Individual elements of a cleaning contract were approved by the M.D but, once consolidated into a single document were rejected as being too expensive. In a similar episode, the M.D personally negotiated rates with a distribution company. Two months later, the British Production Manager was required to find savings on these rates. The Production Manager was not allowed to put machinery in the front 15 metres of the shopfloor so that the M.D could stand at the front to see if everyone was working. On another occasion, the M.D was caught hiding in a cubicle of the Ladies toilet as he was checking that nobody was loitering after their lunch break.

The H.R function was expected to “police” all this despite having been told that employees wishing to learn to use company computer spreadsheets (as part of their job) could do so after normal working hours but without pay. The Travel policy, outlining daily subsistence allowances was to be kept secret and a training course for machine operators on a new piece of prime manufacturing equipment (which cost £80,000 including training) was vetoed as hotel costs for the two trainees was prohibitive. I was actually told “we do not provide training as we are not a charity”.

Perhaps the most notable idiosyncrasy – and the one which finally convinced me that it was time to move on – was the edict that in order to reduce the number of defects detected in parts supplied by the Japanese parent company they were no longer to be checked.

The other side of the coin, however, was the gently subversive attitude of the Welsh workforce. By and large these alien requirements (in every sense) were met with tolerance and amusement and the rather bombastic approach of the M.D seemed to invoke what can only be imagined as being similar to the “blitz spirit”. The highlight was possibly the occasion on which the M.D – who had refused to grit the car park due to the expense involved – slipped on the ice and fell heavily. This caused considerable merriment and a very un-PC voice was heard to mutter “there’s a nip in the air this morning”

It was always “good value” to listen to the Valley employees in the canteen. At the time, John West were running a television advert featuring a cartoon bear. The (deadpan) conversation went:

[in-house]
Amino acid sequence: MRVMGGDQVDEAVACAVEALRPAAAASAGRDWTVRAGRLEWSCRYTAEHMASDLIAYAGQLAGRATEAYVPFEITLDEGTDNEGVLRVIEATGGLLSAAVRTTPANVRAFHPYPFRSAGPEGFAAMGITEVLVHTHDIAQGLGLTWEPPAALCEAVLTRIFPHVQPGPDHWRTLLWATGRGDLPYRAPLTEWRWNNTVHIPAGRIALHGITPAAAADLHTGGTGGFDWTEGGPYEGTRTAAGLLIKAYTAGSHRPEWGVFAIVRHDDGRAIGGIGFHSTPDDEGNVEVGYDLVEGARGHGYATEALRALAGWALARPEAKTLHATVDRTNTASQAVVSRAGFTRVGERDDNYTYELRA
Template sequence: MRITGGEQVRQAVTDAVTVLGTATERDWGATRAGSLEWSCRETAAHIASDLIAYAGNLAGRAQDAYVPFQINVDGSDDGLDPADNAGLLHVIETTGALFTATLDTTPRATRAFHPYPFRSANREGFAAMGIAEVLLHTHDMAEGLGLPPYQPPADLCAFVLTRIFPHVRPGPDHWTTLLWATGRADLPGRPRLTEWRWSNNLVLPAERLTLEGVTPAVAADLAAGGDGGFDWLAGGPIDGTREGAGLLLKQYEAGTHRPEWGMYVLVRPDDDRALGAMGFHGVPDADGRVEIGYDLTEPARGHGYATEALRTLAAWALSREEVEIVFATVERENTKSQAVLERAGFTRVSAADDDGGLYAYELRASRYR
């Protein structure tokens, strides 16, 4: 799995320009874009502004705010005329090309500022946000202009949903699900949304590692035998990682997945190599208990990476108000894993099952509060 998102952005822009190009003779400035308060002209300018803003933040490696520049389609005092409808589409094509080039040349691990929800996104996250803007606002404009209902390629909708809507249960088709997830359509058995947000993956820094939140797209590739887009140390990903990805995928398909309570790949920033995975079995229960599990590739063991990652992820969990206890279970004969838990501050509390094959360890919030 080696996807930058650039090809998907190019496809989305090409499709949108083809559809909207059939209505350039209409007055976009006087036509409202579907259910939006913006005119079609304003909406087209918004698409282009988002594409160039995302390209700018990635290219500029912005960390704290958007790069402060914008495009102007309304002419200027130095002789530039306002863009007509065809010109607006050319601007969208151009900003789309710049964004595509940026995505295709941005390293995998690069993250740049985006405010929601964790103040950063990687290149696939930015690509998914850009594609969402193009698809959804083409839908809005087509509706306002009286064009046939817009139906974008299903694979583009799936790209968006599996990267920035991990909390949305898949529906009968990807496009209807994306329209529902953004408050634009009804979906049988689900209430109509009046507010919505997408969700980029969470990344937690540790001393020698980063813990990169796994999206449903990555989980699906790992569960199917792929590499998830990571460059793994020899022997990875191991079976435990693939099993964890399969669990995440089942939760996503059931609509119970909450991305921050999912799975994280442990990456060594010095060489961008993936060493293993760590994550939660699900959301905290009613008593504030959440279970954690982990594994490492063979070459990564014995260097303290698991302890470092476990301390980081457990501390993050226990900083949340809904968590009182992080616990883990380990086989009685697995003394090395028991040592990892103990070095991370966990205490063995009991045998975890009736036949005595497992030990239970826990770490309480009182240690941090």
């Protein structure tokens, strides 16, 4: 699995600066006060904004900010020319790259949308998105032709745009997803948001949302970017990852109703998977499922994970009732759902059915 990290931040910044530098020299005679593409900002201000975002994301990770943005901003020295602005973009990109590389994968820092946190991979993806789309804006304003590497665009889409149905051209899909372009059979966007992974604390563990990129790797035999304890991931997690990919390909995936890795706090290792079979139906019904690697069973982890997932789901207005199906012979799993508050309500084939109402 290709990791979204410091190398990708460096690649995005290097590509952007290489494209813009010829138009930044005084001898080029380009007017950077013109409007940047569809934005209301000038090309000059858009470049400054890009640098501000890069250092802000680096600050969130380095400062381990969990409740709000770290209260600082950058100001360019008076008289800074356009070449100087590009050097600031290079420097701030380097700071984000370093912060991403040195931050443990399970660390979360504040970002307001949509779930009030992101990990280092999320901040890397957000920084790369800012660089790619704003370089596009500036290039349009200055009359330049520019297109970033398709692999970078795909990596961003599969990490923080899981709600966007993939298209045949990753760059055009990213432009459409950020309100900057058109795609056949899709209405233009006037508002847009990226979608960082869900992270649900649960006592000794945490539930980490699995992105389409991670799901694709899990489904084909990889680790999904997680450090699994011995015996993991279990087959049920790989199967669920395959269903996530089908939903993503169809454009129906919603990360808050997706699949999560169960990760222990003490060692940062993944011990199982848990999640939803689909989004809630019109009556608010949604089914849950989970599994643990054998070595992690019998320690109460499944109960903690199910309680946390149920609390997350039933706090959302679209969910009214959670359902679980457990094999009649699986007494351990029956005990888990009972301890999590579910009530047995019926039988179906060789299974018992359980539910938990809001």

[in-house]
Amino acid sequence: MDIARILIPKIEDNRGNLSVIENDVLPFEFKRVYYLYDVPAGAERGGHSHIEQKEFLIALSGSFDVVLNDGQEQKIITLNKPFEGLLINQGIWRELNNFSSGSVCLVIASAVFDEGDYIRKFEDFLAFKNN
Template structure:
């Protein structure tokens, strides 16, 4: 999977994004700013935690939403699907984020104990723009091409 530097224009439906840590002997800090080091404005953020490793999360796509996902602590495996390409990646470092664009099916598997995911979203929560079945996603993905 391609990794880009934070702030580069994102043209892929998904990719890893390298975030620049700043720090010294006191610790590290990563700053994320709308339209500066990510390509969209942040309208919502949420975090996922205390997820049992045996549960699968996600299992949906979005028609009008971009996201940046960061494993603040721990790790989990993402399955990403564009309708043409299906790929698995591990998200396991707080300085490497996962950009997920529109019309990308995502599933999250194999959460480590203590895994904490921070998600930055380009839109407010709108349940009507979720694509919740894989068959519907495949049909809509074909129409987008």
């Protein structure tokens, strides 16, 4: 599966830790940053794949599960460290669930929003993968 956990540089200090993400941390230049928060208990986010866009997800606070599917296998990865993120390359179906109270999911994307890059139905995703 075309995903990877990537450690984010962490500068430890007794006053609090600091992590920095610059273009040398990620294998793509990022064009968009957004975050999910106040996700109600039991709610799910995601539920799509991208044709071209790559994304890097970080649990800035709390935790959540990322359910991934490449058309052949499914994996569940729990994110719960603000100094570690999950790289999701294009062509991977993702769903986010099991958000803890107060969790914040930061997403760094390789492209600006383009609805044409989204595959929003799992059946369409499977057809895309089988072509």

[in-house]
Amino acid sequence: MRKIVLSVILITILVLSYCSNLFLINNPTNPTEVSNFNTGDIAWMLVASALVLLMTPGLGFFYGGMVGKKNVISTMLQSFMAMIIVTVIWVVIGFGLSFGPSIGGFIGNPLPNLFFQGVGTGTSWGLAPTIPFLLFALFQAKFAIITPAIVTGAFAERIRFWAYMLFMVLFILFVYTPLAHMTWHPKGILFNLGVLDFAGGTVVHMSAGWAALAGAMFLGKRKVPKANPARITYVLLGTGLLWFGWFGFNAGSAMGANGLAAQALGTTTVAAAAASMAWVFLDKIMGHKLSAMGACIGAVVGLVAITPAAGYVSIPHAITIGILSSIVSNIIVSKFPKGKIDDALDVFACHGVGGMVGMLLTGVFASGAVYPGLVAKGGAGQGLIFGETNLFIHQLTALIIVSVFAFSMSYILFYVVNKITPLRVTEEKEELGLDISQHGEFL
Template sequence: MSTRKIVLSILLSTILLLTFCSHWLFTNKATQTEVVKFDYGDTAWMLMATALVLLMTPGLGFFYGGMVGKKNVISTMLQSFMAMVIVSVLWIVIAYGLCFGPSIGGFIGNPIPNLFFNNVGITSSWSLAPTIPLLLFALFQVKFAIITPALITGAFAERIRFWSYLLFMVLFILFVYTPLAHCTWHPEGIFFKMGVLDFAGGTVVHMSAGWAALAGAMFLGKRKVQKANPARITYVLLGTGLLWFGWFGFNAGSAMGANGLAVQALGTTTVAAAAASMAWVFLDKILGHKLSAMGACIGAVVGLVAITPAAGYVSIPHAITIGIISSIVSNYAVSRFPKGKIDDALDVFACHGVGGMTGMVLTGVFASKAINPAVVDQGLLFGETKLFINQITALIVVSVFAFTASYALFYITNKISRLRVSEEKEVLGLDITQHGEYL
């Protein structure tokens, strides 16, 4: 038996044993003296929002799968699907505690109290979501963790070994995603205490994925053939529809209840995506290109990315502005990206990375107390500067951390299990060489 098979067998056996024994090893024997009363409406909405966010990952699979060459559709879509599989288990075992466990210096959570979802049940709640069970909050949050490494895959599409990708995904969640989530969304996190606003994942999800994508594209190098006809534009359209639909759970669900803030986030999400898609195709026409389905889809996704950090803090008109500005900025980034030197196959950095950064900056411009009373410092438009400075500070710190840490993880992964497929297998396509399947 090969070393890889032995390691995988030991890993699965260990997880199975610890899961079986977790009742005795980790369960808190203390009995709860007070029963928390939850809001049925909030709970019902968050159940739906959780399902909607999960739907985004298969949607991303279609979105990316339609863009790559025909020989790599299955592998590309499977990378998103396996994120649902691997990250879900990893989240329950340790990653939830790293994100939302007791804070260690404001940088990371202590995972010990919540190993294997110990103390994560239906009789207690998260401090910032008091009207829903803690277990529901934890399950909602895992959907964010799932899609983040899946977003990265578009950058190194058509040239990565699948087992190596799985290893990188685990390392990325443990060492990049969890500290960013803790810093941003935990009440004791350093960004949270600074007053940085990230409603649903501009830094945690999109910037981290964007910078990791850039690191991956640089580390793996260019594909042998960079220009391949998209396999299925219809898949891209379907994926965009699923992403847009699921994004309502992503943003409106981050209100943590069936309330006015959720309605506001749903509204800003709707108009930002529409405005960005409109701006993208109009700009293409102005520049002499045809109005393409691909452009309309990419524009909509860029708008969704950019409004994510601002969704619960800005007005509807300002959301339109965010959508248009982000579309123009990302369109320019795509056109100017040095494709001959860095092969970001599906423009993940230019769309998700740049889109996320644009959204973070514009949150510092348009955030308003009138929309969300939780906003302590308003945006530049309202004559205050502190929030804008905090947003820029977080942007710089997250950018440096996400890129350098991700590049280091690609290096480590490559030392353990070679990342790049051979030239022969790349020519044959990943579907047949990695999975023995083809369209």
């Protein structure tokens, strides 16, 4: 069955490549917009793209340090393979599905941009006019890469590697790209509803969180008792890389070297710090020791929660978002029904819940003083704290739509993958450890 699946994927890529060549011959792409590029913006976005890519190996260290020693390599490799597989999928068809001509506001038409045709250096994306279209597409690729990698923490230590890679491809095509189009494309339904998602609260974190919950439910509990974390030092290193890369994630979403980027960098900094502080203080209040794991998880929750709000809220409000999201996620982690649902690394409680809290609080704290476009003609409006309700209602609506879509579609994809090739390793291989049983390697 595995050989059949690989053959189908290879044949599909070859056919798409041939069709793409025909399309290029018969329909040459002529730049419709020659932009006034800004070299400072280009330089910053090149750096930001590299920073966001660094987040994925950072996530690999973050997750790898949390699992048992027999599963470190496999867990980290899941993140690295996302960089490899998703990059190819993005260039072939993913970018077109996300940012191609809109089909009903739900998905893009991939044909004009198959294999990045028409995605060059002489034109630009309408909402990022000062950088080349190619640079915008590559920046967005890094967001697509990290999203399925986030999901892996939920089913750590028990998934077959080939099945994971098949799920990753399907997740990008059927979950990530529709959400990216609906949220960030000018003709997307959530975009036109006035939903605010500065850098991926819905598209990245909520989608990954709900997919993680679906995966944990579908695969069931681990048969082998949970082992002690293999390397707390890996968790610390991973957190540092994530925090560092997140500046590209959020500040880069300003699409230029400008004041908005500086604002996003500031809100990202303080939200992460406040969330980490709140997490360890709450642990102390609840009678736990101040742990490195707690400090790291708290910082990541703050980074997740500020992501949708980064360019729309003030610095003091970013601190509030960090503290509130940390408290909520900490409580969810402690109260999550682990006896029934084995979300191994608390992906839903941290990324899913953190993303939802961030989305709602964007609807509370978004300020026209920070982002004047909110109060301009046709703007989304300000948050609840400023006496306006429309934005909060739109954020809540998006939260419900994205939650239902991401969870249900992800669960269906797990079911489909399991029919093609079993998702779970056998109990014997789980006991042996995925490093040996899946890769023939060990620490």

Employee A: Did you know that Keith thinks the John West bear is real?

Employee B: No. Where is Keith, anyway?

Employee A: Writing to Santa

Other “gems” included:

When a flock of sheep wandered onto the site: “That’s Ceri’s girlfriend looking for him”

I had to drive home. I was too drunk to walk

John has had an outside toilet built for his new house. He thought it would be nice in the summer

“XYZ Ltd” has got 140,000 employees”. Pause. “Think of the queue in the canteen”

This was more than 20 years ago, now – but I’d be prepared to bet that the BBC’s “Wales in the 90’s” series doesn’t tell this side of the story….




June Letters to the Editor


As regular dancers at Wenvoe Village Hall we (and the other dancers) were delighted to see how great the new floor is. Congratulations to the Village Hall Committee for doing such a good job. It looks fabulous and is a pleasure to dance on – well done!

Judy and Bruce McDonald


I must extend my grateful thanks to the ladies of Wenvoe WI. You came together to give our guests a most enjoyable afternoon on June 16. Due to ill health, I was sorry I was unable to join you. The wonderful “ Wenvoe willingness” that I spoke about at our recent annual meeting was certainly put into practice by you all and I am very proud of the members of my Institute. As always, thanks to everyone.

Madeleine Rees, President Wenvoe WI

As I write, I am just about to post 3 boxes of donated pre-loved childrens shoes to the charity Sal's Shoes. Sal's is based in England and collects shoes to distribute to children around the world who have none. The statistics on their website indicates that there are 300 million barefoot children worldwide. 58 million children worldwide are not in school and 29 million of these are because they do not have the means. In many countries you cannot go to school without a pair of shoes. Following the recent collection among the community in Wenvoe, parents from Gwenfo school and friends in the area, I am delighted to say I have collected 135 pairs of suitable pre-loved, kids shoes, boots and slippers for Sal's Shoes. Thank you so much to all who donated. Since I started the collection, I am delighted to add that there is a new Cardiff collection point for any shoes in the future: Get Roller Skating, has nominated Sal's as its Charity of the Year. If you would like to donate shoes in future, visit the Sal's Shoes website on or contact Get Roller Skating on 07391 703435, e-mail hello@ or visit www.getrollerskating. who can receive your donation locally. Thanks again for an amazing community response to the collection.

Rachel Marshall, St Andrews Road





July Walks Programme




Saturday 1st July:- Circumnavigation of Partishow Hill, 7½ mile walk. Ian (OL13)


Thursday 6th July:- Circular walk based around Castell Coch, approx. 5 miles. Bert (151)


Saturday 8th July:- Afan Argoed A 7½ mile walk. V’Iain (166)


Saturday 15th July:- Goodrich. 8 miles. Ian. (OL14)


Saturday 22nd July:- The Skirrid and eastward. Approx. 7.5 miles. V’Iain (OL13)


Saturday 29th July

Resolven, Neath Valley 9 miles. Ian (165/166)